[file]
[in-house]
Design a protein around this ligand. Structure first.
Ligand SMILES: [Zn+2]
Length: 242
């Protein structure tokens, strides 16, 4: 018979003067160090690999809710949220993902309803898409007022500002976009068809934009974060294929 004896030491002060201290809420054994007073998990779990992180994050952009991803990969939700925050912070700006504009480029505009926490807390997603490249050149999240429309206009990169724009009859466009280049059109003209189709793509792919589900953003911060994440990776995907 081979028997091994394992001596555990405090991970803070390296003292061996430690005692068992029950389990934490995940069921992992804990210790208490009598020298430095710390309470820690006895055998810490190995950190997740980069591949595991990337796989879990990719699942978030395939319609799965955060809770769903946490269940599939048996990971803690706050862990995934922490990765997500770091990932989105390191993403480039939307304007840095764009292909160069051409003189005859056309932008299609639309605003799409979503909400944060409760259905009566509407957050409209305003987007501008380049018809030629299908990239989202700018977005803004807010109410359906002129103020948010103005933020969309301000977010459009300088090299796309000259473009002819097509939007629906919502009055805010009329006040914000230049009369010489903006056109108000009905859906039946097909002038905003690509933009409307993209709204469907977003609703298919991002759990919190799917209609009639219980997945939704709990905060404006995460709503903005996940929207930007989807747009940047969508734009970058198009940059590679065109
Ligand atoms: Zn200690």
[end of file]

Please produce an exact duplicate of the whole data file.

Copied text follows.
[in-house]
Design a protein around this ligand. Structure first.
Ligand SMILES: [Zn+2]
Length: 242
């Protein structure tokens, strides 16, 4: 018979003067160090690999809710949220993902309803898409007022500002976009068809934009974060294929 004896030491002060201290809420054994007073998990779990992180994050952009991803990969939700925050912070700006504009480029505009926490807390997603490249050149999240429309206009990169724009009859466009280049059109003209189709793509792919589900953003911060994440990776995907 081979028997091994394992001596555990405090991970803070390296003292061996430690005692068992029950389990934490995940069921992992804990210790208490009598020298430095710390309470820690006895055998810490190995950190997740980069591949595991990337796989879990990719699942978030395939319609799965955060809770769903946490269940599939048996990971803690706050862990995934922490990765997500770091990932989105390191993403480039939307304007840095764009292909160069051409003189005859056309932008299609639309605003799409979503909400944060409760259905009566509407957050409209305003987007501008380049018809030629299908990239989202700018977005803004807010109410359906002129103020948010103005933020969309301000977010459009300088090299796309000259473009002819097509939007629906919502009055805010009329006040914000230049009369010489903006056109108000009905859906039946097909002038905003690509933009409307993209709204469907977003609703298919991002759990919190799917209609009639219980997945939704709990905060404006995460709503903005996940929207930007989807747009940047969508734009970058198009940059590679065109
Ligand atoms: Zn200690």